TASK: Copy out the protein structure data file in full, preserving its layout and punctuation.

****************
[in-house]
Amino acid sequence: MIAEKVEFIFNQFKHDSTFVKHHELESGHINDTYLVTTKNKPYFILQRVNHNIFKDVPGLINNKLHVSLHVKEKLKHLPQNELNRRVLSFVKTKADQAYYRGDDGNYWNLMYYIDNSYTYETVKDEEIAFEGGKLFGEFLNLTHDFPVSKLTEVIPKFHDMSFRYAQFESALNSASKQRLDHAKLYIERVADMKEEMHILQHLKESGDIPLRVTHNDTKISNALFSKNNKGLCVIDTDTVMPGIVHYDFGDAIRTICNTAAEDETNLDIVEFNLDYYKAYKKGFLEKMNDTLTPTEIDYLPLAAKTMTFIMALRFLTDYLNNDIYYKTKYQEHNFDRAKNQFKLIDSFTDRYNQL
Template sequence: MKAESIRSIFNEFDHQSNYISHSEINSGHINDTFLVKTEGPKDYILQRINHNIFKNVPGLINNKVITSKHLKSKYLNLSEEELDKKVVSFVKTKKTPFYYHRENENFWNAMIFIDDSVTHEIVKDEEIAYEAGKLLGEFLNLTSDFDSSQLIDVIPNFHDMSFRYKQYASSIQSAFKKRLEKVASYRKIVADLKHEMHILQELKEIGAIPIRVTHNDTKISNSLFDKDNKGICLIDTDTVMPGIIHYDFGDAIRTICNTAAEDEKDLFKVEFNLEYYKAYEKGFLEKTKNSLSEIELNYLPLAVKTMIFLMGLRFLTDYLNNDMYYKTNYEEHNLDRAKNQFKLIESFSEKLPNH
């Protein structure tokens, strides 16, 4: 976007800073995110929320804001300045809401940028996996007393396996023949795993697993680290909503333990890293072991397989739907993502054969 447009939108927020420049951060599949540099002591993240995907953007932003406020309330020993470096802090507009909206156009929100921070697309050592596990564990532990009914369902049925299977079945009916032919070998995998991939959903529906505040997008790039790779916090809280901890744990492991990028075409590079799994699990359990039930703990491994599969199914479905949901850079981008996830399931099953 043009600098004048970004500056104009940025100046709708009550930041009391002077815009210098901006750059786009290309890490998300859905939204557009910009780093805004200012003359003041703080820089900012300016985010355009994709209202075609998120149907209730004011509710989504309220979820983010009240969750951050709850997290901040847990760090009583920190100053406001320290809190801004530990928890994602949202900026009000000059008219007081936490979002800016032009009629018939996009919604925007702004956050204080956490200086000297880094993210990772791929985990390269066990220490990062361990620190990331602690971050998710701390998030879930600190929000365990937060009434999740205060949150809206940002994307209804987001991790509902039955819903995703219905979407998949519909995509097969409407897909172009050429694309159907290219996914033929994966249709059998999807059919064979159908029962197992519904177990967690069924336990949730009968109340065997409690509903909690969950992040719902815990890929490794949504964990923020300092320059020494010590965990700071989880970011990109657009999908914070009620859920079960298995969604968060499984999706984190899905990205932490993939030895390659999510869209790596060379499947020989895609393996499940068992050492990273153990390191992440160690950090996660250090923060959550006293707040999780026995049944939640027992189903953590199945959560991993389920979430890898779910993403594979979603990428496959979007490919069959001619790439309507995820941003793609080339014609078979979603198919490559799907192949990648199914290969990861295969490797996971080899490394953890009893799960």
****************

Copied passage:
[in-house]
Amino acid sequence: MIAEKVEFIFNQFKHDSTFVKHHELESGHINDTYLVTTKNKPYFILQRVNHNIFKDVPGLINNKLHVSLHVKEKLKHLPQNELNRRVLSFVKTKADQAYYRGDDGNYWNLMYYIDNSYTYETVKDEEIAFEGGKLFGEFLNLTHDFPVSKLTEVIPKFHDMSFRYAQFESALNSASKQRLDHAKLYIERVADMKEEMHILQHLKESGDIPLRVTHNDTKISNALFSKNNKGLCVIDTDTVMPGIVHYDFGDAIRTICNTAAEDETNLDIVEFNLDYYKAYKKGFLEKMNDTLTPTEIDYLPLAAKTMTFIMALRFLTDYLNNDIYYKTKYQEHNFDRAKNQFKLIDSFTDRYNQL
Template sequence: MKAESIRSIFNEFDHQSNYISHSEINSGHINDTFLVKTEGPKDYILQRINHNIFKNVPGLINNKVITSKHLKSKYLNLSEEELDKKVVSFVKTKKTPFYYHRENENFWNAMIFIDDSVTHEIVKDEEIAYEAGKLLGEFLNLTSDFDSSQLIDVIPNFHDMSFRYKQYASSIQSAFKKRLEKVASYRKIVADLKHEMHILQELKEIGAIPIRVTHNDTKISNSLFDKDNKGICLIDTDTVMPGIIHYDFGDAIRTICNTAAEDEKDLFKVEFNLEYYKAYEKGFLEKTKNSLSEIELNYLPLAVKTMIFLMGLRFLTDYLNNDMYYKTNYEEHNLDRAKNQFKLIESFSEKLPNH
């Protein structure tokens, strides 16, 4: 976007800073995110929320804001300045809401940028996996007393396996023949795993697993680290909503333990890293072991397989739907993502054969 447009939108927020420049951060599949540099002591993240995907953007932003406020309330020993470096802090507009909206156009929100921070697309050592596990564990532990009914369902049925299977079945009916032919070998995998991939959903529906505040997008790039790779916090809280901890744990492991990028075409590079799994699990359990039930703990491994599969199914479905949901850079981008996830399931099953 043009600098004048970004500056104009940025100046709708009550930041009391002077815009210098901006750059786009290309890490998300859905939204557009910009780093805004200012003359003041703080820089900012300016985010355009994709209202075609998120149907209730004011509710989504309220979820983010009240969750951050709850997290901040847990760090009583920190100053406001320290809190801004530990928890994602949202900026009000000059008219007081936490979002800016032009009629018939996009919604925007702004956050204080956490200086000297880094993210990772791929985990390269066990220490990062361990620190990331602690971050998710701390998030879930600190929000365990937060009434999740205060949150809206940002994307209804987001991790509902039955819903995703219905979407998949519909995509097969409407897909172009050429694309159907290219996914033929994966249709059998999807059919064979159908029962197992519904177990967690069924336990949730009968109340065997409690509903909690969950992040719902815990890929490794949504964990923020300092320059020494010590965990700071989880970011990109657009999908914070009620859920079960298995969604968060499984999706984190899905990205932490993939030895390659999510869209790596060379499947020989895609393996499940068992050492990273153990390191992440160690950090996660250090923060959550006293707040999780026995049944939640027992189903953590199945959560991993389920979430890898779910993403594979979603990428496959979007490919069959001619790439309507995820941003793609080339014609078979979603198919490559799907192949990648199914290969990861295969490797996971080899490394953890009893799960």